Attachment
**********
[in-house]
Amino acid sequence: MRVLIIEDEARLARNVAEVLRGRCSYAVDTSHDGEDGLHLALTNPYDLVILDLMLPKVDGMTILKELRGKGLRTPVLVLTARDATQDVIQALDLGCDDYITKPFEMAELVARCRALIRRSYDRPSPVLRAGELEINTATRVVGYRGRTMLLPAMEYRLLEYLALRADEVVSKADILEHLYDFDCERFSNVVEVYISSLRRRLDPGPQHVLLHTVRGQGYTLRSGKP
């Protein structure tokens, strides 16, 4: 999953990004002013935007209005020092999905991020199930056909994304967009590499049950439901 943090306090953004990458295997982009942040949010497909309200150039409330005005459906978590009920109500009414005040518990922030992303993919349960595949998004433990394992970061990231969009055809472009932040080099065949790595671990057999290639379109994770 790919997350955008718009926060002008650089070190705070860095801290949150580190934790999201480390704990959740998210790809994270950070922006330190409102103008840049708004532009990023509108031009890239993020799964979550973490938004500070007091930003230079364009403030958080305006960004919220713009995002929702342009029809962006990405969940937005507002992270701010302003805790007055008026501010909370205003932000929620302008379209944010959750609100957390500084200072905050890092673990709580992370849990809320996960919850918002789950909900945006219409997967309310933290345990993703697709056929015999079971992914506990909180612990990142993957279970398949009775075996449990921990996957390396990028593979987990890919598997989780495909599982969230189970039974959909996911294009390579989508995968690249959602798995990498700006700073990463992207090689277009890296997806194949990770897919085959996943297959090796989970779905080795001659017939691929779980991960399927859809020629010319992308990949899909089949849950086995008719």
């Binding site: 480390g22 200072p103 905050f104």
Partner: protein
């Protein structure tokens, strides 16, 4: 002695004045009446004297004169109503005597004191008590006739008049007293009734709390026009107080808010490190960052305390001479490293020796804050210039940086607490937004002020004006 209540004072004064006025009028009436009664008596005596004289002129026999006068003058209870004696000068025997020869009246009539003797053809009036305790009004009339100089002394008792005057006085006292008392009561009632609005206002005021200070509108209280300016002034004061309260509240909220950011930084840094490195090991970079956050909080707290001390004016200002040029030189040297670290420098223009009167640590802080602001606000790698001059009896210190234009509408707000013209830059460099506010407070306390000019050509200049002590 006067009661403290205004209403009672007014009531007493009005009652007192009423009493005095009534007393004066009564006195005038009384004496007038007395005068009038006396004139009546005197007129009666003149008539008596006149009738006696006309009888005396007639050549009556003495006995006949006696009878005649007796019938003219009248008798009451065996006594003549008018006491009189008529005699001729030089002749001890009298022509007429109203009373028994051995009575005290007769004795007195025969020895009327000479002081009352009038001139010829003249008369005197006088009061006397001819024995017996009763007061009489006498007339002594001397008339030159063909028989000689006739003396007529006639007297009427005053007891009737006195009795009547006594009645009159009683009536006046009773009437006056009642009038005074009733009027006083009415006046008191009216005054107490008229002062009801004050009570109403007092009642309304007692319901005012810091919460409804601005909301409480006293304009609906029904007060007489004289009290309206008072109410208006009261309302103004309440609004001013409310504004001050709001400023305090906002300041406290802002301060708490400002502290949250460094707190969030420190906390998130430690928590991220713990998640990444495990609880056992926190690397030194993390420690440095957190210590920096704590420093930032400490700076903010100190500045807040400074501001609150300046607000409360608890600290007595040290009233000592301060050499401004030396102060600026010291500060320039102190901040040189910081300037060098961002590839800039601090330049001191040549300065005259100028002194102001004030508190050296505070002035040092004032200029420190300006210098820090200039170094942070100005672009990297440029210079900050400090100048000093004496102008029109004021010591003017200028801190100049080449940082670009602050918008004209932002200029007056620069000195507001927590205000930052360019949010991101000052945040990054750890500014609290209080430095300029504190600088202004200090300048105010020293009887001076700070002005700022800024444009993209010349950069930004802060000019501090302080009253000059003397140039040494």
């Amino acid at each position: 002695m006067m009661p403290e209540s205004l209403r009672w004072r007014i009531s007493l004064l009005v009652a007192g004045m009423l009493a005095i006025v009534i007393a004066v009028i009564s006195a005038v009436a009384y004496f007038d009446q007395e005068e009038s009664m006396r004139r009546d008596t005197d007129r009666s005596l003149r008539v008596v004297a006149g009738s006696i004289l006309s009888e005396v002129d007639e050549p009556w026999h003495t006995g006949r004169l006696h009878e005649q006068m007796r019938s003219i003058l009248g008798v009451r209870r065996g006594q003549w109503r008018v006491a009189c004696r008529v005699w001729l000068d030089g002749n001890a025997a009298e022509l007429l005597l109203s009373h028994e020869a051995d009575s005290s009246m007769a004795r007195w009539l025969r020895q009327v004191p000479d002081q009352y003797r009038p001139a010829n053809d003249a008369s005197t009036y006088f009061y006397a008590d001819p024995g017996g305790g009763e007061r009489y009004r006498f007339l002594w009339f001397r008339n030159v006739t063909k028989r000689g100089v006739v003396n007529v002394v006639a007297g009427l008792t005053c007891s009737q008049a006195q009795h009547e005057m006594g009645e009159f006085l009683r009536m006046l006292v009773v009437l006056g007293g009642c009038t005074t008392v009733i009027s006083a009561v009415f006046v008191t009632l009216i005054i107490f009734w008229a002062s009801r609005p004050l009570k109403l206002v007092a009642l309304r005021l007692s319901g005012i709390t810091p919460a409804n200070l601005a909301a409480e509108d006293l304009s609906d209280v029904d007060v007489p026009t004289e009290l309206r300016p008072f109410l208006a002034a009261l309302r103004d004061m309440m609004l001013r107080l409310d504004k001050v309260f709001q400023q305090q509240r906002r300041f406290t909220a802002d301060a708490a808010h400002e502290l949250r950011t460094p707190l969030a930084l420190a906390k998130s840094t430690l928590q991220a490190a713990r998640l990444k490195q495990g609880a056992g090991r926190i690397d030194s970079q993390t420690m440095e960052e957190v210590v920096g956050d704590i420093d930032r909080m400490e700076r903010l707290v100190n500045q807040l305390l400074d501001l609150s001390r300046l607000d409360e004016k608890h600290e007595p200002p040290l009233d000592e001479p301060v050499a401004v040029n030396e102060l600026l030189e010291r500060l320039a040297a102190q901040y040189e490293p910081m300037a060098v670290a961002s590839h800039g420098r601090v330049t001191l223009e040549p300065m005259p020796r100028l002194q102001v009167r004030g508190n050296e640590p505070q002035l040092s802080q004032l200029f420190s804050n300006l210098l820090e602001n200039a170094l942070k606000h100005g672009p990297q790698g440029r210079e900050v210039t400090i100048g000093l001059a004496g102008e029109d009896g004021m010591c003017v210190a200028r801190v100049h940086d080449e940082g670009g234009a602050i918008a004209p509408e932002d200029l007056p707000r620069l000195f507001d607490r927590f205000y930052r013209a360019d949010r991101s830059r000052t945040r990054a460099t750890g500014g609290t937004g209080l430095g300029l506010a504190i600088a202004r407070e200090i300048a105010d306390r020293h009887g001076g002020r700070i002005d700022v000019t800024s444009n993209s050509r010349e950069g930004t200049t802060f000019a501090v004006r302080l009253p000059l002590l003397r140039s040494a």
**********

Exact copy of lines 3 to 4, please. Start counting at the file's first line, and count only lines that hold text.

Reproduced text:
């Protein structure tokens, strides 16, 4: 999953990004002013935007209005020092999905991020199930056909994304967009590499049950439901 943090306090953004990458295997982009942040949010497909309200150039409330005005459906978590009920109500009414005040518990922030992303993919349960595949998004433990394992970061990231969009055809472009932040080099065949790595671990057999290639379109994770 790919997350955008718009926060002008650089070190705070860095801290949150580190934790999201480390704990959740998210790809994270950070922006330190409102103008840049708004532009990023509108031009890239993020799964979550973490938004500070007091930003230079364009403030958080305006960004919220713009995002929702342009029809962006990405969940937005507002992270701010302003805790007055008026501010909370205003932000929620302008379209944010959750609100957390500084200072905050890092673990709580992370849990809320996960919850918002789950909900945006219409997967309310933290345990993703697709056929015999079971992914506990909180612990990142993957279970398949009775075996449990921990996957390396990028593979987990890919598997989780495909599982969230189970039974959909996911294009390579989508995968690249959602798995990498700006700073990463992207090689277009890296997806194949990770897919085959996943297959090796989970779905080795001659017939691929779980991960399927859809020629010319992308990949899909089949849950086995008719």
């Binding site: 480390g22 200072p103 905050f104």